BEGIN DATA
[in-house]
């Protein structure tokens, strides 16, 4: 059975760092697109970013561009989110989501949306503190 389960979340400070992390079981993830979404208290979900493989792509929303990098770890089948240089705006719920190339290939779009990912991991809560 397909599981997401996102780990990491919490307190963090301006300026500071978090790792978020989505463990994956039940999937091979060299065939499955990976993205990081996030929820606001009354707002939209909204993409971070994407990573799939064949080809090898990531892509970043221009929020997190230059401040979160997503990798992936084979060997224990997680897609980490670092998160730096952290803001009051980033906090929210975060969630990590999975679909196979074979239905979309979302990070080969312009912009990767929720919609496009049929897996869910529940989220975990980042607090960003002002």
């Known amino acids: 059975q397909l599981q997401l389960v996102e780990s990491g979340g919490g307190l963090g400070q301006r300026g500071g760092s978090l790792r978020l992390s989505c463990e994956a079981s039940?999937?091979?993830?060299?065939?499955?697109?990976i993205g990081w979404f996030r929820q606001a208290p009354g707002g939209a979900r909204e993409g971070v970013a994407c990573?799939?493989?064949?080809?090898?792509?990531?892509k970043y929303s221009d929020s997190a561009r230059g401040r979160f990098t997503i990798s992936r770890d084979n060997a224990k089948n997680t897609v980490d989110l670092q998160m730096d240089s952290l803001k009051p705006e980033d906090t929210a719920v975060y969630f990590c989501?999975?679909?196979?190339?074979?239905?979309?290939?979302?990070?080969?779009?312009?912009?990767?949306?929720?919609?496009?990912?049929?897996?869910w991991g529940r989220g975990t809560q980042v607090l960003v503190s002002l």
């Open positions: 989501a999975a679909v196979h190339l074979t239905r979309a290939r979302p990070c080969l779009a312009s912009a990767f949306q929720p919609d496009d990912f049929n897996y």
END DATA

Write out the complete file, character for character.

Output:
[in-house]
């Protein structure tokens, strides 16, 4: 059975760092697109970013561009989110989501949306503190 389960979340400070992390079981993830979404208290979900493989792509929303990098770890089948240089705006719920190339290939779009990912991991809560 397909599981997401996102780990990491919490307190963090301006300026500071978090790792978020989505463990994956039940999937091979060299065939499955990976993205990081996030929820606001009354707002939209909204993409971070994407990573799939064949080809090898990531892509970043221009929020997190230059401040979160997503990798992936084979060997224990997680897609980490670092998160730096952290803001009051980033906090929210975060969630990590999975679909196979074979239905979309979302990070080969312009912009990767929720919609496009049929897996869910529940989220975990980042607090960003002002």
């Known amino acids: 059975q397909l599981q997401l389960v996102e780990s990491g979340g919490g307190l963090g400070q301006r300026g500071g760092s978090l790792r978020l992390s989505c463990e994956a079981s039940?999937?091979?993830?060299?065939?499955?697109?990976i993205g990081w979404f996030r929820q606001a208290p009354g707002g939209a979900r909204e993409g971070v970013a994407c990573?799939?493989?064949?080809?090898?792509?990531?892509k970043y929303s221009d929020s997190a561009r230059g401040r979160f990098t997503i990798s992936r770890d084979n060997a224990k089948n997680t897609v980490d989110l670092q998160m730096d240089s952290l803001k009051p705006e980033d906090t929210a719920v975060y969630f990590c989501?999975?679909?196979?190339?074979?239905?979309?290939?979302?990070?080969?779009?312009?912009?990767?949306?929720?919609?496009?990912?049929?897996?869910w991991g529940r989220g975990t809560q980042v607090l960003v503190s002002l």
């Open positions: 989501a999975a679909v196979h190339l074979t239905r979309a290939r979302p990070c080969l779009a312009s912009a990767f949306q929720p919609d496009d990912f049929n897996y």